Podcast to Keep Your Cheerful

Last month I wrote about some of the best storytelling podcasts around. But really what I have needed are things that have kept me cheerful and accompanied me on my essential exercise in the last ten weeks. When it comes down to it, anything that has buoyed you up has to be a good thing in tough times.

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Top 5 Cheering Podcasts


1. Happier Podcast

I love Gretchen Ruben’s books and she and her sister Elizabeth remind me of me and mine – they chat about ways you might improve your life and address real world problems. There’s always something to raise your spirits and make you think.

2. By the Book

This podcast is two funny ladies, Kristen and Jolenta, reading self-help books each week and trying to live by their rules. Some go deeper but if you want lighter episodes I like The Curated Closet, The Magic of Tidying Up. Recently they read older self help books which seems like a sociological study of bygone eras. They’re never afraid to call out the authors if their story lacks diversity or from a place of privilege. They’ve introduced me to so many great self-help authors and shown me many to avoid.

3. Phoebe Reads a Mystery

Phoebe Judge is the creator of Criminal, my favourite true crime podcast but all through the pandemic she’s read a different mystery story like Agatha Christie. She’s really kept me going with. I wrote before about the benefits of Murder Mysteries and why they can soothe us. It seems to have worked.

4. Every Little Thing

I love trivia shows like There’s no Such thing as a Fish but I love Flora’s style. She solves a different mystery each week about stuff you didn’t know you needed to know – like the history of forks and nail polish names..!

5. Disorganised Crime

This seems an odd choice but a story about hippy drug smuggling in the California was somehow uplifting, I think the great music helps and the fact her parents (the smugglers!) come across as kind of adorable.

I’d love to hear any podcasts that have kept you going?

A new reading list

I haven’t posted here for a while but I have been reading, trying to educate myself

I am so saddened by George Floyd’s murder. And Breonna Taylor’s. And so many more. I have been learning too so much more about the problems faced in the UK.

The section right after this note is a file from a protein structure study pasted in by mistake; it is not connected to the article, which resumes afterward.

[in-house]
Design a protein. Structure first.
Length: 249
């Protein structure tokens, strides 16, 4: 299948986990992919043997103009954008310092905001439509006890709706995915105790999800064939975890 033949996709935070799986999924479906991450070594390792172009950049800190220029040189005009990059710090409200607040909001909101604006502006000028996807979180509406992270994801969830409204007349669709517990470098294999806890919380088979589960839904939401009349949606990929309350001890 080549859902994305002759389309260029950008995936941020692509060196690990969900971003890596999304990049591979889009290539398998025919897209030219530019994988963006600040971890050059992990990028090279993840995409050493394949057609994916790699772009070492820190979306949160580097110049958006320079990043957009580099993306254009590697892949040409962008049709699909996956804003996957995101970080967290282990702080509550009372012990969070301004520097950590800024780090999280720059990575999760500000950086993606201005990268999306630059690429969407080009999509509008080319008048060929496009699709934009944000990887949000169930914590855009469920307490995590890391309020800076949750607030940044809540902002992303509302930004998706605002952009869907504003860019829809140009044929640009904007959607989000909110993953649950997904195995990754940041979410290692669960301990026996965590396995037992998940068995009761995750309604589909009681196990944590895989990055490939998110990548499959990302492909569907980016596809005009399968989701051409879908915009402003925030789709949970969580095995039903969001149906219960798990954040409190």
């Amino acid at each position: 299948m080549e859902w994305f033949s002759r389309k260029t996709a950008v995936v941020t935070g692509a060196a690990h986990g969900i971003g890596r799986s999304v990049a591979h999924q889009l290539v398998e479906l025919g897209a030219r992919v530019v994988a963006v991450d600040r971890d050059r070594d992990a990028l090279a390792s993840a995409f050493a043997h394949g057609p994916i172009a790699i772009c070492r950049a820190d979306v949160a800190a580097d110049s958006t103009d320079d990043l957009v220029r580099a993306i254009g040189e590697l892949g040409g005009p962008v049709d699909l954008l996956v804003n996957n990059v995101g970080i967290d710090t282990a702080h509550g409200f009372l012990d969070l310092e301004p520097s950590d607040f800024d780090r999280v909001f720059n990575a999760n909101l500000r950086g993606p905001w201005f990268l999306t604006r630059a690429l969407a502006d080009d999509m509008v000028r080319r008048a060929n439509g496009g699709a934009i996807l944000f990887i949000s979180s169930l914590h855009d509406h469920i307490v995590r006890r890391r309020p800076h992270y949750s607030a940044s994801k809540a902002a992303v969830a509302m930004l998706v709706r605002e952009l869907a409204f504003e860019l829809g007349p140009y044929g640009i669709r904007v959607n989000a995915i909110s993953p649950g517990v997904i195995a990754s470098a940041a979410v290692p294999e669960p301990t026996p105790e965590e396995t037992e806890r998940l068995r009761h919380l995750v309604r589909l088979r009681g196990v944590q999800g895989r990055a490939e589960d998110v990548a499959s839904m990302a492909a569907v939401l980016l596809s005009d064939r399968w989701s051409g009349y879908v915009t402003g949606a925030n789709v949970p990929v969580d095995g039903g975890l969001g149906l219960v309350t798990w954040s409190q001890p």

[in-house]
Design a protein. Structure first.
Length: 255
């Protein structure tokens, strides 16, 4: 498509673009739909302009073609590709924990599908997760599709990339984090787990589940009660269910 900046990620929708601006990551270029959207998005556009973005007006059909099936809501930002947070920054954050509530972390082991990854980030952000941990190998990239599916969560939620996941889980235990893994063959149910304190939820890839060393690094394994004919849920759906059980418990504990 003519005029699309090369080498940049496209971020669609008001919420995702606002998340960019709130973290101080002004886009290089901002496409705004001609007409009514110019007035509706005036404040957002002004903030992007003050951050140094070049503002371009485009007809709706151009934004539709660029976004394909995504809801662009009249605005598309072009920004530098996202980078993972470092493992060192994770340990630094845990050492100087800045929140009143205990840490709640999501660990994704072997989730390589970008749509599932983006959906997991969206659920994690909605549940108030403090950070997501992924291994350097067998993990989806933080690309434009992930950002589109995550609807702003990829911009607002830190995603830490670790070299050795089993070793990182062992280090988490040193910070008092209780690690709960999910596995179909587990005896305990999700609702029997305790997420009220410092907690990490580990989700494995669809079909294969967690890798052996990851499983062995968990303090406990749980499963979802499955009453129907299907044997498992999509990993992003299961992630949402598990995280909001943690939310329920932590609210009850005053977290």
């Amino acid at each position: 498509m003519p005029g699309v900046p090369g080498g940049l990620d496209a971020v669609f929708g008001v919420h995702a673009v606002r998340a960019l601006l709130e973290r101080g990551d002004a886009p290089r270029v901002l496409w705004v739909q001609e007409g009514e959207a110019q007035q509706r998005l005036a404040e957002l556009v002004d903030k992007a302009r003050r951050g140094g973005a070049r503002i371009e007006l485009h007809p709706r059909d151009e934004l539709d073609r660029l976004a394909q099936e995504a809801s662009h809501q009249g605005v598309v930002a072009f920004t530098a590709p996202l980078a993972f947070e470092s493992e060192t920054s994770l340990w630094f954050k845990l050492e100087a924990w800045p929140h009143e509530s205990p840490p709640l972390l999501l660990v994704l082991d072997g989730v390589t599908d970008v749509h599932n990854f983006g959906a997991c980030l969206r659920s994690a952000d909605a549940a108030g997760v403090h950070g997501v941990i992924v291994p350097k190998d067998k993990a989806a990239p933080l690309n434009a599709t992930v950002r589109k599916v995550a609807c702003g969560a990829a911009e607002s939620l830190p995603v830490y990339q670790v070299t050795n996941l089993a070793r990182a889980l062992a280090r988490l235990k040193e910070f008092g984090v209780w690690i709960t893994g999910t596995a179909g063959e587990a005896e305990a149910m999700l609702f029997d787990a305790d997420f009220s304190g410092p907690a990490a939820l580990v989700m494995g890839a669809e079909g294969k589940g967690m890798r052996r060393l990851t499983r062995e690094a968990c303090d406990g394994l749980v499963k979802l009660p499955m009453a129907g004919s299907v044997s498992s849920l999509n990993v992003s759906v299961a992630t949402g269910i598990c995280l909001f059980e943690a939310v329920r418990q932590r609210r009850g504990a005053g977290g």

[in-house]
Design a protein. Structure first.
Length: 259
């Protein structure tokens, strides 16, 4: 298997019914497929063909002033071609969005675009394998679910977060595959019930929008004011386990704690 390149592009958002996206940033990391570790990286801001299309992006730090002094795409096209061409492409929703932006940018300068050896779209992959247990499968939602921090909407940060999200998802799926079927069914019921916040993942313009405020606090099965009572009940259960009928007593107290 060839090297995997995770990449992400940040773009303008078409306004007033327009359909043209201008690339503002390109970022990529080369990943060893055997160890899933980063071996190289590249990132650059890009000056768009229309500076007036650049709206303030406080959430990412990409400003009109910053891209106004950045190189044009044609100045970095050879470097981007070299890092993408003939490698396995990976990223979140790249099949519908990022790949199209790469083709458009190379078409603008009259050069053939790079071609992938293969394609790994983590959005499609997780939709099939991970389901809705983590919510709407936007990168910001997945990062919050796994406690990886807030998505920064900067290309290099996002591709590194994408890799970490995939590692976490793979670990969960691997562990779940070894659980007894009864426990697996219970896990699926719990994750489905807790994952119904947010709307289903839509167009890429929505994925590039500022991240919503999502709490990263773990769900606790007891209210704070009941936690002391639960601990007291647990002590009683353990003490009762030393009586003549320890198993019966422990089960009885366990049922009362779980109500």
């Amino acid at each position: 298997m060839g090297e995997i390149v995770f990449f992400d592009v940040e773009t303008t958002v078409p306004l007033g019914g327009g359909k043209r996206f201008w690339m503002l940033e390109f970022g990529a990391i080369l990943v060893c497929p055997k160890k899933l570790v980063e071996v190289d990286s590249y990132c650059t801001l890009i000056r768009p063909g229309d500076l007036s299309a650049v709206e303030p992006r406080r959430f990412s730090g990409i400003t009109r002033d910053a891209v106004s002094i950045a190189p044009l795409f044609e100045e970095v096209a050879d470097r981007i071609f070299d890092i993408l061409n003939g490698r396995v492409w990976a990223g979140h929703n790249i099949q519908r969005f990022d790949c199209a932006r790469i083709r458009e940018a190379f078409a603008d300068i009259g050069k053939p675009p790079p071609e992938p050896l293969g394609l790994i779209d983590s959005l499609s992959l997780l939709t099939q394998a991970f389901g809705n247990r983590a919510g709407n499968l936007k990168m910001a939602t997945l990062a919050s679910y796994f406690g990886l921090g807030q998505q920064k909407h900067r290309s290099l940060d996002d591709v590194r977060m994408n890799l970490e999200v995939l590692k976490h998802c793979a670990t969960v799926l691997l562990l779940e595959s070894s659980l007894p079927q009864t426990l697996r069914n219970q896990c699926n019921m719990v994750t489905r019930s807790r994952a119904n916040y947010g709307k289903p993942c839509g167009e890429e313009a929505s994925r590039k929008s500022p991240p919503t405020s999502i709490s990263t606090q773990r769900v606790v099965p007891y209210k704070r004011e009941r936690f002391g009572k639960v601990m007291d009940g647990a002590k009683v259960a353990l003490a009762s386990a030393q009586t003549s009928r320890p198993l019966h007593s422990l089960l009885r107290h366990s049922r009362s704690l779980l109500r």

I have watched the news, listened to many people talking about these deep-rooted issues and seen some remarkable activism as part of a larger conversation. I haven’t felt safe enough to protest. so I have tried to think of other ways to engage. I have really taken the chance to think about what the Black Lives Matter conversation means in the UK.

Being me, this has meant reading of course. These are all books that have soared up the Amazon charts. I am clearly not the only one trying to support more black authors. By adding these powerful voices to my life I hope to understand and learn more.

Read this month

Queenie by Candice Carty – Williams

This book had been on my list for a while. It discusses in a joyful way really what it is to date in the modern world. But particularly for Queenie, a woman of Carribean descent, the way her body and black life is understood by others and herself. She is a witty and fascinating character and you really root for her as she tries to navigate the pitfalls in her life. But underlying all the problem she comes across in work and dating life is a darker and political edge that has an important message. Ultimately an uplifting book with a powerful message.

Why I stopped talking to white people about Race by Reno Eddo-Lodge

An essential guide in the move towards becoming Anti-Racist. I have learnt so much more about others experience over this last month and this well written report on where we are has helped. It feels important. It includes a sweep of history that is oft ignored and shared insights into the systematic inqualities of now. I don’t read a lot of non-fiction but this feels like a necessary part of the conversation.

Reading now

Girl, woman, other by Bernadine Evaristo